To celebrate the re-revival of Read-n-Feed, I’m giving away a signed copy of A Book Is Just Like You! Since it compares the parts of a book to the parts of a person, I’m asking: If you could be any book, which one would you be? To enter the giveaway, leave your answer in the comments and feel free to share why you’d be that book if you have a reason.
When I asked Kathleen, she said she’d be How to Make An Apple Pie and See the World by Marjorie Priceman.
As for me, I’d want to be Green Eggs and Ham by Dr. Seuss because on the surface it’s fun and silly, but at its core it has a serious message. Ironically not a message I took to heart because change makes me break out in a cold sweat. 
There are also social media related ways to receive extra entries – just fill in the Rafflecopter form, and I'll use it to pick a random winner. 
The giveaway is now over - congratulations to Carol for winning!
This is a great book for librarians or teachers to use in their classrooms, so please share the giveaway with anyone you know working with young children.
I’m willing to ship internationally, so this is open to everyone. The giveaway will be open for a week, and I’ll announce the winner next Friday, July 26th. Good luck!


Medeia sharif's picture

It is true. People and books have things in common.

I'd love to be JAMES AND THE GIANT PEACH. I'd be a well-worn copy enjoyed by many children.

Lexa Cain's picture

I like the excitement in the voice of the book. It's enthusiastic and the kids should love it! :-)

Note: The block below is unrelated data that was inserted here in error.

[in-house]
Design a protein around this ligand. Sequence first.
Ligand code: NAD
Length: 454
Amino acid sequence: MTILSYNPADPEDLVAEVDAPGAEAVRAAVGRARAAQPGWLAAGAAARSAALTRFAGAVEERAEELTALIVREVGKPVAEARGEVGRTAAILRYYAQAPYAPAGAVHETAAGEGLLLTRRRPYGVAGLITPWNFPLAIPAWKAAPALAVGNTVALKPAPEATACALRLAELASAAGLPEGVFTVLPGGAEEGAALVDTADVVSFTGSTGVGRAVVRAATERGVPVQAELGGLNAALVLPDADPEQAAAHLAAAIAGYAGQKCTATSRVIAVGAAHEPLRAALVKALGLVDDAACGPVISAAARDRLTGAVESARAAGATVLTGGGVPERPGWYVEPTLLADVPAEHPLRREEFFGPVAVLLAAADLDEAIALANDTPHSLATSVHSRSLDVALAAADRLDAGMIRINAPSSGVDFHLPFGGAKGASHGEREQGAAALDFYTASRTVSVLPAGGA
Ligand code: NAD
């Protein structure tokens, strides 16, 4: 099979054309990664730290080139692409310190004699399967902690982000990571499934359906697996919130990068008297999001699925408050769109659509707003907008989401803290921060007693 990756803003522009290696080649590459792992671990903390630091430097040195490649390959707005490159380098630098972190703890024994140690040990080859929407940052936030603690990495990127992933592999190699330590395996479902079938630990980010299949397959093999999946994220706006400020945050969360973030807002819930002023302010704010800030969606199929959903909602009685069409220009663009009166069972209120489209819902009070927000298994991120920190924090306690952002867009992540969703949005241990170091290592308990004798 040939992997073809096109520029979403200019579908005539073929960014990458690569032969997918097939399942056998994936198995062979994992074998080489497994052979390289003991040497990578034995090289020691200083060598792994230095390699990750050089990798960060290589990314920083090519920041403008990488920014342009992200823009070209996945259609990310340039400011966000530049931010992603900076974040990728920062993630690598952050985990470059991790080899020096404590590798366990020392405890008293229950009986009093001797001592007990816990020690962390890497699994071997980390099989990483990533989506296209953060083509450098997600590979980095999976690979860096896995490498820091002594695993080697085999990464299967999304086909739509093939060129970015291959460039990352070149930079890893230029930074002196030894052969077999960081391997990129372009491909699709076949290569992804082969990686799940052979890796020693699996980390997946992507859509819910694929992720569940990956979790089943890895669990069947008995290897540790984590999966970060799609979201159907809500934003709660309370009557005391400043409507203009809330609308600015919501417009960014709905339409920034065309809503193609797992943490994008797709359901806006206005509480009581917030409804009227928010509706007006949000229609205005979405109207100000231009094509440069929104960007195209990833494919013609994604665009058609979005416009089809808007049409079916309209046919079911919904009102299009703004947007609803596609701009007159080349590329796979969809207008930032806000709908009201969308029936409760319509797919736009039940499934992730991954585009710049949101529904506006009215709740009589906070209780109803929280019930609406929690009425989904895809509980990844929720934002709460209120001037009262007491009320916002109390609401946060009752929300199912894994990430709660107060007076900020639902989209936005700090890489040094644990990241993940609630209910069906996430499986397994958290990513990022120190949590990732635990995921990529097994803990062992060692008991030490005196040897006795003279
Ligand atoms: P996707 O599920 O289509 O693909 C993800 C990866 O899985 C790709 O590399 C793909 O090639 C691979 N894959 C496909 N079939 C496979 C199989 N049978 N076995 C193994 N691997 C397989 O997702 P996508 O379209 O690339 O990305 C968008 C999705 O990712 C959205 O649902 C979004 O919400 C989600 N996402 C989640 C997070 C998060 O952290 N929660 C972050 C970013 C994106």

Rosemond Cates's picture

I would be Dooly and the Snortsnoot by Jack Kent! It's my very favorite picture book!

Check out my book blog at www.bighairandbooks.blogspot.com

Diane Downs's picture

Chilly-um Gum...it is a very old book about a Gumdrop boy. Love it as a child.

C. Smith's picture

Woolbur by Leslie Helakoski. This book inspires me to march to the beat of my own drum and try new things. I love Woolbur!

Jocelyn Rish's picture

Medeia - I was impressed with how many similarities Kathleen came up with. JatGP is a good one!

Lexa - It does have a great voice.

Rosemond - I have to admit I'd never heard of Dooly and the Snortsnoot - I looked it up and it seems fun!

Diane - I'd never heard of Chilly-um Gum either, but a book about a gumdrop boy sounds awesome.

C. Smith - I think I need to hang out with more kids because I hadn't heard of this one either. I love the cover though. 

Marcia Berbeza's picture

I have always loved Patricia Polacco's Trees of the Dancing Goats. I am not Jewish but it is about a community who sickens during the Christmas holidays and a Jewish family takes food and Christmas trees to the families decorated with the carved goats made for Chanukah. I loved the multicultural message, I loved looking at the old fashioned kitchen with all of the implements that I recognize, I even identified with the scarlet fever that I had as a kid. It sends the message that we're all in this together and we survive by helping each other out.

Topangarose's picture

Definitely "A Wrinkle in Time". It teaches friendship, loyalty, inclusion, and best of all sprinkles quantum physics and lovable characters into the mix in an epic saga of good versus evil. I always believed you could travel through time and space, and Madeleine L'Engle introduced that concept to millions of children.

Jocelyn Rish's picture

Marcia - That sounds like a lovely book. I'll have to find it!

Topangarose - Excellent choice!